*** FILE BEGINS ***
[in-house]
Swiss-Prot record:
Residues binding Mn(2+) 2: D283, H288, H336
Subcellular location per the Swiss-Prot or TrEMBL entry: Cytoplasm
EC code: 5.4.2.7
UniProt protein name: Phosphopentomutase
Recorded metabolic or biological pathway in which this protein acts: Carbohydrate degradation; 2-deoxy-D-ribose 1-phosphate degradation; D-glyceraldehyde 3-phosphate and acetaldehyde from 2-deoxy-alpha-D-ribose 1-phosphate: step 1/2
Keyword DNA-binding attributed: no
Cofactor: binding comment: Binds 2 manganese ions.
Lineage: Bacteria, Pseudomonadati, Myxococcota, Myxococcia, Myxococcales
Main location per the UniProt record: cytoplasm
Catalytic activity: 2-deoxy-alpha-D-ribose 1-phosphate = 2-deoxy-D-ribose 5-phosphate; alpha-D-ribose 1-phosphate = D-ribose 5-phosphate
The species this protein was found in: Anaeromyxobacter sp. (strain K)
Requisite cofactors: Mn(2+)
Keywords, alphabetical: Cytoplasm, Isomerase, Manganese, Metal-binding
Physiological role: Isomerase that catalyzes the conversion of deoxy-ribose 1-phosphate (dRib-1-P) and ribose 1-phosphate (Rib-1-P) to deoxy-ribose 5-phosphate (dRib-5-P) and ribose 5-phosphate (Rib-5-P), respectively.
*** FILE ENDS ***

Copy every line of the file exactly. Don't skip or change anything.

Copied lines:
[in-house]
Swiss-Prot record:
Residues binding Mn(2+) 2: D283, H288, H336
Subcellular location per the Swiss-Prot or TrEMBL entry: Cytoplasm
EC code: 5.4.2.7
UniProt protein name: Phosphopentomutase
Recorded metabolic or biological pathway in which this protein acts: Carbohydrate degradation; 2-deoxy-D-ribose 1-phosphate degradation; D-glyceraldehyde 3-phosphate and acetaldehyde from 2-deoxy-alpha-D-ribose 1-phosphate: step 1/2
Keyword DNA-binding attributed: no
Cofactor: binding comment: Binds 2 manganese ions.
Lineage: Bacteria, Pseudomonadati, Myxococcota, Myxococcia, Myxococcales
Main location per the UniProt record: cytoplasm
Catalytic activity: 2-deoxy-alpha-D-ribose 1-phosphate = 2-deoxy-D-ribose 5-phosphate; alpha-D-ribose 1-phosphate = D-ribose 5-phosphate
The species this protein was found in: Anaeromyxobacter sp. (strain K)
Requisite cofactors: Mn(2+)
Keywords, alphabetical: Cytoplasm, Isomerase, Manganese, Metal-binding
Physiological role: Isomerase that catalyzes the conversion of deoxy-ribose 1-phosphate (dRib-1-P) and ribose 1-phosphate (Rib-1-P) to deoxy-ribose 5-phosphate (dRib-5-P) and ribose 5-phosphate (Rib-5-P), respectively.